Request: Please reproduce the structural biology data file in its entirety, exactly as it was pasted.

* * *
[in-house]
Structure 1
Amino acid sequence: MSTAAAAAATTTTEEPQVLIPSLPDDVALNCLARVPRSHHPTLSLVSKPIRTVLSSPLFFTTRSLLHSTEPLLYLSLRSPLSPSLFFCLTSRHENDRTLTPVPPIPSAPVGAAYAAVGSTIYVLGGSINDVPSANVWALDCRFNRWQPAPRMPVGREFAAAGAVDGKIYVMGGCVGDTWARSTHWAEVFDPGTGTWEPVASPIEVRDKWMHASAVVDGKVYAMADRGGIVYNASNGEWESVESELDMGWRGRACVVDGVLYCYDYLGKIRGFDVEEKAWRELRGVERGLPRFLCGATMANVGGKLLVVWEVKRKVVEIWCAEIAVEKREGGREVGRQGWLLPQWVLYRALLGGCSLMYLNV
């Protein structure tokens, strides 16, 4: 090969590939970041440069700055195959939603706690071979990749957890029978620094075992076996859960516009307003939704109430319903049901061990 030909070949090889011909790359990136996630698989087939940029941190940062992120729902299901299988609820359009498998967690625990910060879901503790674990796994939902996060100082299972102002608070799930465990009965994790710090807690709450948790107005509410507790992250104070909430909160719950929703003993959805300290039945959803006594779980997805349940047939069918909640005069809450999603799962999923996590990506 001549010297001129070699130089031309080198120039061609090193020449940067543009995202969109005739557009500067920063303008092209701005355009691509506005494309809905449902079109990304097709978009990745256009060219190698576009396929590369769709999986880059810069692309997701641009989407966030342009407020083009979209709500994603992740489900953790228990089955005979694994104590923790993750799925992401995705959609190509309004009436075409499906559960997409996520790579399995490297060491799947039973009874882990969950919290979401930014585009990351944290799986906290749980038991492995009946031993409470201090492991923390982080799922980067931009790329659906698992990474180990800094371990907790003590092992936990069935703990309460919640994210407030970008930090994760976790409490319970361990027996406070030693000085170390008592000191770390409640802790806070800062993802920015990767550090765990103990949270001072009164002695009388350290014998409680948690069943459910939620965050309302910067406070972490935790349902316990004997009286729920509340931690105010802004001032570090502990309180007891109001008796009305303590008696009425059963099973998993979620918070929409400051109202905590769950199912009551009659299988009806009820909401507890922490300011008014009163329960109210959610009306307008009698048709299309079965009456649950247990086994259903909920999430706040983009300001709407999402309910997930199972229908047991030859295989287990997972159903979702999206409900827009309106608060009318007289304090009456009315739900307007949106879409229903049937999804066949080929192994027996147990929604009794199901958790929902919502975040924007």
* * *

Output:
[in-house]
Structure 1
Amino acid sequence: MSTAAAAAATTTTEEPQVLIPSLPDDVALNCLARVPRSHHPTLSLVSKPIRTVLSSPLFFTTRSLLHSTEPLLYLSLRSPLSPSLFFCLTSRHENDRTLTPVPPIPSAPVGAAYAAVGSTIYVLGGSINDVPSANVWALDCRFNRWQPAPRMPVGREFAAAGAVDGKIYVMGGCVGDTWARSTHWAEVFDPGTGTWEPVASPIEVRDKWMHASAVVDGKVYAMADRGGIVYNASNGEWESVESELDMGWRGRACVVDGVLYCYDYLGKIRGFDVEEKAWRELRGVERGLPRFLCGATMANVGGKLLVVWEVKRKVVEIWCAEIAVEKREGGREVGRQGWLLPQWVLYRALLGGCSLMYLNV
């Protein structure tokens, strides 16, 4: 090969590939970041440069700055195959939603706690071979990749957890029978620094075992076996859960516009307003939704109430319903049901061990 030909070949090889011909790359990136996630698989087939940029941190940062992120729902299901299988609820359009498998967690625990910060879901503790674990796994939902996060100082299972102002608070799930465990009965994790710090807690709450948790107005509410507790992250104070909430909160719950929703003993959805300290039945959803006594779980997805349940047939069918909640005069809450999603799962999923996590990506 001549010297001129070699130089031309080198120039061609090193020449940067543009995202969109005739557009500067920063303008092209701005355009691509506005494309809905449902079109990304097709978009990745256009060219190698576009396929590369769709999986880059810069692309997701641009989407966030342009407020083009979209709500994603992740489900953790228990089955005979694994104590923790993750799925992401995705959609190509309004009436075409499906559960997409996520790579399995490297060491799947039973009874882990969950919290979401930014585009990351944290799986906290749980038991492995009946031993409470201090492991923390982080799922980067931009790329659906698992990474180990800094371990907790003590092992936990069935703990309460919640994210407030970008930090994760976790409490319970361990027996406070030693000085170390008592000191770390409640802790806070800062993802920015990767550090765990103990949270001072009164002695009388350290014998409680948690069943459910939620965050309302910067406070972490935790349902316990004997009286729920509340931690105010802004001032570090502990309180007891109001008796009305303590008696009425059963099973998993979620918070929409400051109202905590769950199912009551009659299988009806009820909401507890922490300011008014009163329960109210959610009306307008009698048709299309079965009456649950247990086994259903909920999430706040983009300001709407999402309910997930199972229908047991030859295989287990997972159903979702999206409900827009309106608060009318007289304090009456009315739900307007949106879409229903049937999804066949080929192994027996147990929604009794199901958790929902919502975040924007």